If the speed of your math heuristic is a concern, in particular if it must make as many iterations as possible, R's speed is something to consider. Many core parts and popular packages of R are contain parts writte in C or Fortran to keep stuff under the hood efficient. If your heuristic is not really about iterations, i.e. you do a single preprocessing step, solve a MIP once, then do a postprocessing step, it is only important whether R is "fast enough". If the pre and postprocessing take 10 seconds in R, no one will complain that you can do it in 0.1 seconds in some other language (unless you want to run this heuristic millions of times).

So it really depends on the story you want to tell with your paper: if you solve a problem from practice and intend to investigate how you can improve some process with optimization techniques, it is usually enough to show you can solve it fast enough to be useful and focus on the objective values that come out. If you want to argue that your new method is faster than the state of the art for a problem that has seen a lot of research already, it becomes a greater concern.

Also, be aware that no one forces you write all code of a project in a single language. Personally I like to do most computational expensive stuff in Java, but I often use Python scripts to do some data transformations or stuff that other people probably like to do in Excel. For some types of visualization and statistical analysis I sometimes use R as well, if that is more convenient than Python.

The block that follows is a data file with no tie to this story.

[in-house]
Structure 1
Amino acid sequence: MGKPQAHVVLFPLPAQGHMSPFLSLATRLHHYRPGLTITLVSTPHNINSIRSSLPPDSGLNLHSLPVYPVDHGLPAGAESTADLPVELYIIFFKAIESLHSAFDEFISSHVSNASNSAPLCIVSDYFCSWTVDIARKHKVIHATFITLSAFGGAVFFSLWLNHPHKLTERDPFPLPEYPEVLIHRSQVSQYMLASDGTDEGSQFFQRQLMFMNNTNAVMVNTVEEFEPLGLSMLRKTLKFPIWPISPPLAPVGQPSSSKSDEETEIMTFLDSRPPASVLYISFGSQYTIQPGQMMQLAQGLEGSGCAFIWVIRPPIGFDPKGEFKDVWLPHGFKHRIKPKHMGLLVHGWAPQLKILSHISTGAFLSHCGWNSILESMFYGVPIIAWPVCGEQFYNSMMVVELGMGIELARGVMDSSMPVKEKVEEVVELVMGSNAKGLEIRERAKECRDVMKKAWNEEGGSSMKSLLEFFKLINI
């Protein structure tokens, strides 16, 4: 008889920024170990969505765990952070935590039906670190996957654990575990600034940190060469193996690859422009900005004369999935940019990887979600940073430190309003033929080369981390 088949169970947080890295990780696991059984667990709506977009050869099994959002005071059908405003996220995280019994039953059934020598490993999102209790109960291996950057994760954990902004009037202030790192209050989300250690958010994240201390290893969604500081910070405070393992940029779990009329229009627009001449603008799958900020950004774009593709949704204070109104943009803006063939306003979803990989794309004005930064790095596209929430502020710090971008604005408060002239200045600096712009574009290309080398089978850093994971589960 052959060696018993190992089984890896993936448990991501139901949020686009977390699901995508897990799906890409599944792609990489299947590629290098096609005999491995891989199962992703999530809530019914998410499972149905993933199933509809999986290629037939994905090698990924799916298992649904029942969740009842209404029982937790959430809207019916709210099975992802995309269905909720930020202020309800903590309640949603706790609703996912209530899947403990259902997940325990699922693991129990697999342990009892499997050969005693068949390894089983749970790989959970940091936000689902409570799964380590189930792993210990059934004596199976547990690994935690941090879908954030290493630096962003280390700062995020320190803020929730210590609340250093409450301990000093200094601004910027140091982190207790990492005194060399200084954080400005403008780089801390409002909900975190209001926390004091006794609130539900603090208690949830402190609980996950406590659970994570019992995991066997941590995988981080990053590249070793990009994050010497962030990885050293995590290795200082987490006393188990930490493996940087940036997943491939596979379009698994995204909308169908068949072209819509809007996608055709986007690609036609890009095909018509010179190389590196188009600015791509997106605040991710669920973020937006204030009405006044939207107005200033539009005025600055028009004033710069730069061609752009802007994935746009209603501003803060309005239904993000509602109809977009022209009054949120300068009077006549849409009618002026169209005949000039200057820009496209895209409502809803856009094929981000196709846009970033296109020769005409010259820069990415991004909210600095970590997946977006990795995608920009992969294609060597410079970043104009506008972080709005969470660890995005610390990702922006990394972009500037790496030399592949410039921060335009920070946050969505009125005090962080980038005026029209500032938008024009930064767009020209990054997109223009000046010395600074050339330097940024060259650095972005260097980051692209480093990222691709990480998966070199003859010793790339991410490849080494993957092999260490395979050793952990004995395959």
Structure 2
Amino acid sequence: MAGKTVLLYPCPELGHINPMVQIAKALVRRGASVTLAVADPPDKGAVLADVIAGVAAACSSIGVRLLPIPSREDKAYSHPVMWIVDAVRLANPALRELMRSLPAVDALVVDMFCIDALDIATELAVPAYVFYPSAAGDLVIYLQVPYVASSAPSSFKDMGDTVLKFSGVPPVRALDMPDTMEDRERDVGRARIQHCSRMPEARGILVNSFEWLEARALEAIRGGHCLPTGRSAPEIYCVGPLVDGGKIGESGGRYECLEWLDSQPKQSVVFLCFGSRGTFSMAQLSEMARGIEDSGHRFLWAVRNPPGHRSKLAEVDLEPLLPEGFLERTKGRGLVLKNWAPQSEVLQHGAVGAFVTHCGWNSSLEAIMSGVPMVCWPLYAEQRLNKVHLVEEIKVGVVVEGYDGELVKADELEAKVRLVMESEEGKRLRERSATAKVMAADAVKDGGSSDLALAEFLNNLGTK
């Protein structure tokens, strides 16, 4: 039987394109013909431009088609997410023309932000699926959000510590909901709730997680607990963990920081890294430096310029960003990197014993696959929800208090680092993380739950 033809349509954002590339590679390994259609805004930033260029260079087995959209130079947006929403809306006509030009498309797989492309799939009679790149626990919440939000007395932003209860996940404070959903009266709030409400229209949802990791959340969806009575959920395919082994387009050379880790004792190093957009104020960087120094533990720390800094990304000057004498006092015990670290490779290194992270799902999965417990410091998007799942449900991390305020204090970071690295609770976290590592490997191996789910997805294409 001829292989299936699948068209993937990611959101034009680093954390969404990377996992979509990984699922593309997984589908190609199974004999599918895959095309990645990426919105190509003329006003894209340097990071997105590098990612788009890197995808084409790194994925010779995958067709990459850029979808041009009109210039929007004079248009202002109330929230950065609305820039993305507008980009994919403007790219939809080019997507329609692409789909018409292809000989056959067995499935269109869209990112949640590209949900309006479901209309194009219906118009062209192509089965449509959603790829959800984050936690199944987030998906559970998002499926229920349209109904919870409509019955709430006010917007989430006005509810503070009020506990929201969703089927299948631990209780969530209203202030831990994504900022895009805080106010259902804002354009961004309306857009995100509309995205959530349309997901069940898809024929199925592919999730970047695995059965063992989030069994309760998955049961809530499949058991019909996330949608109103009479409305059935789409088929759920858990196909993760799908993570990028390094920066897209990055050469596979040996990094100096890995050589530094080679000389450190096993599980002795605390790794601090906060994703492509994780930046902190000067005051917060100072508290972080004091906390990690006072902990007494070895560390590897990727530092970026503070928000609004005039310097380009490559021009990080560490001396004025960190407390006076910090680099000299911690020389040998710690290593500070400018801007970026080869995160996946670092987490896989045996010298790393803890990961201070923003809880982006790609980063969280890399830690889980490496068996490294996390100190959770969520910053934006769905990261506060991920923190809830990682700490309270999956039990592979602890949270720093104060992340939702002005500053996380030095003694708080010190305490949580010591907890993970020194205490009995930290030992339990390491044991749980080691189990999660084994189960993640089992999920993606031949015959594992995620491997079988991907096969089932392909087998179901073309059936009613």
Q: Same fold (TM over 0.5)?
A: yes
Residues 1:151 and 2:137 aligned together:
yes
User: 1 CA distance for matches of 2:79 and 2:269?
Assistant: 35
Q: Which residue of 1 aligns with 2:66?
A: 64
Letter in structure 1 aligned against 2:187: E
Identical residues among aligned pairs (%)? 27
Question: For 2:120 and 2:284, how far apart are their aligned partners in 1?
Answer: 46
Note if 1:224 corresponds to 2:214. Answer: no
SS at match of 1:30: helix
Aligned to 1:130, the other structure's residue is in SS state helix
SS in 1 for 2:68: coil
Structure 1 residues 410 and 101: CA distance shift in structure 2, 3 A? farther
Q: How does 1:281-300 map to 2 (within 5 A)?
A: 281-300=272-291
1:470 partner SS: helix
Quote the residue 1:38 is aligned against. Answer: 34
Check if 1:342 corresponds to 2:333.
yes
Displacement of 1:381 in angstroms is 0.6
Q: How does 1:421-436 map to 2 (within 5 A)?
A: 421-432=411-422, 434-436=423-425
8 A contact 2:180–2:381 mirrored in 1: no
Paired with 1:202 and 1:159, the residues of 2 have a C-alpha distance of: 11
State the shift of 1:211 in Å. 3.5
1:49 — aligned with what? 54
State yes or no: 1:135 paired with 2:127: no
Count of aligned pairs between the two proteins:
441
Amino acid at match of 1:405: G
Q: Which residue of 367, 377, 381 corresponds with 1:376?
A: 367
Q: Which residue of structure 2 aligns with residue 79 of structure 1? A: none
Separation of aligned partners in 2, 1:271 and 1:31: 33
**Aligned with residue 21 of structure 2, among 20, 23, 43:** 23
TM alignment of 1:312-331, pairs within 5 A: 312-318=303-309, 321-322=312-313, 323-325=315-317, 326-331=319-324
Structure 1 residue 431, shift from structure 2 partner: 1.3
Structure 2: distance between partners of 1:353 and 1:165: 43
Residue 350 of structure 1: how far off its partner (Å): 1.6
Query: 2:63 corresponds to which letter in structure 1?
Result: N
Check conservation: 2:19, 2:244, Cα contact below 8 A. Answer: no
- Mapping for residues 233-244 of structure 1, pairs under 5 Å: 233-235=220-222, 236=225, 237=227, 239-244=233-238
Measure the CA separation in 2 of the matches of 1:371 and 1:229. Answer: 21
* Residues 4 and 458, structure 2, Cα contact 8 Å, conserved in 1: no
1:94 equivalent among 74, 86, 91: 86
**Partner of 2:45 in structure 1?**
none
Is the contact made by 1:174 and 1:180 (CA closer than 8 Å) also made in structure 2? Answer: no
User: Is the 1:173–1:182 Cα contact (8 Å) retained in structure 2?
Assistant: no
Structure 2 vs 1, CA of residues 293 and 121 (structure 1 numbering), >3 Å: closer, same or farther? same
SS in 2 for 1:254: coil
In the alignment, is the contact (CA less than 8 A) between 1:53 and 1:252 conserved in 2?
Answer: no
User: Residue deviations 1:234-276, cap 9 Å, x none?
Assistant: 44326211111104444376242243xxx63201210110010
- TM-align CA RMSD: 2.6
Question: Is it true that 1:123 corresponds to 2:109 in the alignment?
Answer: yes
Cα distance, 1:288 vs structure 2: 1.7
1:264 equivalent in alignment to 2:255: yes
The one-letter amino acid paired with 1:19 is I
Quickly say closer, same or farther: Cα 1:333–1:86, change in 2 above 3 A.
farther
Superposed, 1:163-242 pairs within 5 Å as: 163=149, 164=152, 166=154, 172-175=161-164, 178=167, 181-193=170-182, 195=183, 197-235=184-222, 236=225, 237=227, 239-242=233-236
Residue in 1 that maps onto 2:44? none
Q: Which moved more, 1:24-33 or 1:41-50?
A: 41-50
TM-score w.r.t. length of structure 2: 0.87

If the main reason you like R is the built-in dataframe but R's speed is an issue, you can look at dataframe packages for other languages. Python has the extremely popular pandas package and for Java there are also packages that aim to provide a more easy to use data frame, for example Tablesaw (but I'm not sure how popular that one actually is).

While data frames are nice to process tabular data, I really dislike dealing with more complex hierarchical object data in R. Navigating an XML-tree or accessing particular document elements of an HTML page in R always feels cumbersome to me compared to other languages. The ease of data processing in R thus also depends on the kind of data processing you intend to do.